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When sewage hits the homes

Several residences in the First Addition sustain problems

A sewer back-up into a First Addition house forced a local family out of their home in February, making them the third homeowners to suffer major damages from sewer problems since 2003 and the second to incur damages on Eighth Street.

The couple sought reimbursement through the city's insurance policy - a non-profit risk pool funded by Oregon cities - Feb. 14, according to a claim filed with the city of Lake Oswego.

The claim does not give details of the damage or estimate the cost of repairs and lodging.

A note from property owner Robert Turner, however, reads: 'Major disaster and damage to residence. Unable to live in home for two months estimate.' It also states the Turner family would seek medical evaluations.

Turner could not be reached for comment by the Lake Oswego Review. A contractor for sewer repair in First Addition, Kurt Kimsey at K and R Plumbing Construction Company, Inc., said construction issues were to blame for the incident and that a claim has been settled through that company's insurance policy.

Kimsey said heavy rains in an open trench caused the problem. K and R has been upgrading sewer pipes in First Addition as part of an effort to reduce maintenance problems, he said.

Those maintenance issues appear to have caused one other substantial backflow to a home on Eighth Street in December 2005.

Insurance claims show City County Insurance Services paid $15,429 to repair a home belonging to Steve Klauer on Eighth Street after sewage overflowed there.

Records show Klauer also received an additional $300 this year when a sewer line in an alley along Eighth Street backed up during construction, causing damage to a carpet. Klauer lives three blocks from Turner. He could not be reached for comment.

A note on an insurance claim filed for the carpet Feb. 3 states sewage overflows have been a repeat problem at the Klauer home.

In the note, Klauer wrote, 'This was a new carpet, recently replaced because of the same problem previously. Third time.'

City records provide no additional information about previous incidents. David Ford, a claims adjustor with CCIS, said Lake Oswego makes no more claims for sewer damages than other cities its size, calling the incidents unfortunate but common.

Elizabeth Papadopoulos, who heads Lake Oswego's maintenance department, said workers track problem areas, particularly where trees invade pipes.

'FAN is one of the areas where we have been recently rehabilitating the lines. It's a place that maintenance appeared to be spending an inordinate amount of time,' she said.

The K and R Plumbing contract, awarded last October, upgraded 17,000 feet of pipe, including pipes in First Addition.

'That whole project should take care of that as an issue for First Addition,' Papadopoulos said.

Repairs continue to reduce the potential for sewer overflows in other parts of Lake Oswego. A construction project in the Blue Heron and Main Canal drainage areas rehabilitated 2,600 feet of pipe in March. Maintenance work at the west end of Oswego Lake cleaned pipes in September and October.

'They were all places that we had some sort of issue,' Papadopoulos said.

In an overview of insurance claims, the Lake Oswego Review found sewer overflows account for a small portion of claims made by property owners since 2002 but represent two of the largest payments made for property damage in that time.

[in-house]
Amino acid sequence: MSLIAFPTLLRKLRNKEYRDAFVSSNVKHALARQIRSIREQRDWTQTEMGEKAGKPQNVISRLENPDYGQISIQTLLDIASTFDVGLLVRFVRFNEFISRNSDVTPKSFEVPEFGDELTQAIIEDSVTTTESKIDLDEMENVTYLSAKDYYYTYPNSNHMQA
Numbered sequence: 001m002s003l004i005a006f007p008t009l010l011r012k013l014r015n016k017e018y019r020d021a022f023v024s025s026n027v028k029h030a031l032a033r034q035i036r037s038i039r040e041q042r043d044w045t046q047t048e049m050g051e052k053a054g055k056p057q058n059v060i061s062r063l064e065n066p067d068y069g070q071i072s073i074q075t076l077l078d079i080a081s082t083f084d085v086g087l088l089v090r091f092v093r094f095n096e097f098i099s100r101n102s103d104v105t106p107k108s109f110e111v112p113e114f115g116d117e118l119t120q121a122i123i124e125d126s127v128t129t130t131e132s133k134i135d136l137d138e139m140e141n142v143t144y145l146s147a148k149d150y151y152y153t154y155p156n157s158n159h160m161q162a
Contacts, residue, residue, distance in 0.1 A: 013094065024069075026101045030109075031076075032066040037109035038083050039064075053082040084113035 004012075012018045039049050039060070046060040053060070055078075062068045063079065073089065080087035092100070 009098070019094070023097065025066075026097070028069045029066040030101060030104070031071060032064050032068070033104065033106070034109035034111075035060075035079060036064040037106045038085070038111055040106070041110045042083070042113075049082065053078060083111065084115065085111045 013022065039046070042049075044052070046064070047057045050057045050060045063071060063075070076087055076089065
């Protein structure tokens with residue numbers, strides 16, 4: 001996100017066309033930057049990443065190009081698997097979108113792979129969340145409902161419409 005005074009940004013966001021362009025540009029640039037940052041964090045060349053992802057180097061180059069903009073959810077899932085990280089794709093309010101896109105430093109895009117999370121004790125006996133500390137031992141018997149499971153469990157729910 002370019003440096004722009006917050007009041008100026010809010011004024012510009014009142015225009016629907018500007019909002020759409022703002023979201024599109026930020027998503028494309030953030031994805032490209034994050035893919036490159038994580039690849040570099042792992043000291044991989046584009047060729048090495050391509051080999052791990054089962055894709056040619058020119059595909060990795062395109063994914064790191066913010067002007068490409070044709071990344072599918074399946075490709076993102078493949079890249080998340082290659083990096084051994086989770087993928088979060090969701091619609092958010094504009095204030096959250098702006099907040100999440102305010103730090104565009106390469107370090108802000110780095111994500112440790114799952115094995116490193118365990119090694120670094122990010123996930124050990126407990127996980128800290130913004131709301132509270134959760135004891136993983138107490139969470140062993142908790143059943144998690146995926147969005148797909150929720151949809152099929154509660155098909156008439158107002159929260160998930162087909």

Property owners make an average of 14 claims annually for everything from fallen trees to sewer and water overflows. Other claims include damage to public property, personal injuries in public places and car accidents involving city vehicles.

Most sewage and water backflows reported in the last several years were minor. Yet two, including an overflow at the Klauer home, led to substantial payments for home repairs, comparable only to payments made in a small number of car accidents.

In 2003, the city paid $33,995 to repair damages to Leo Pothetes' home on Greentree Avenue - on the south side of Oswego Lake - after sewers overflowed there.

Pothetes said Wednesday that the sewage covered the lower level of his home in the 2003 backflow, destroyed personal possessions and permeated walls.

He said the repairs involved replacing walls, piping and flooring. Personal possessions were also lost and Pothetes said his family was advised to seek inoculations against hepatitis.

Pothetes said sewage has not backflowed into his home since the 2003 incident but he 'still had concerns' the problem could reoccur.

He said at the time of the incident, city employees reported maintenance as the cause of the problem. Contractors replaced a pipeline from the city system to the Pothetes home and installed a valve that would stop future backflows.

'Are we satisfied? No. I wasn't satisfied with the service I got from the city,' he said. 'We couldn't live down there, we couldn't invite friends in and we couldn't even get the city attorney or the city manager to call us back.'

Pothetes said he was frustrated with a lack of response from city officials at the time and continues to be angry as city leaders pursue a community center while the sewer system 'falls apart.'

City officials say they have no records of unanswered calls from Pothetes but did direct him to negotiate the claim through their insurance carrier.

Papadopoulos said the city continues to respond to sewer overflows promptly, even in the middle of the night.

'They are very important to us and we understand they are not a positive impact for anybody,' she said.

The city is on track to solve a capacity problem at the heart of its sewer system by 2010 and will replace a key pipeline, a job ordered by the Oregon Department of Environmental Quality.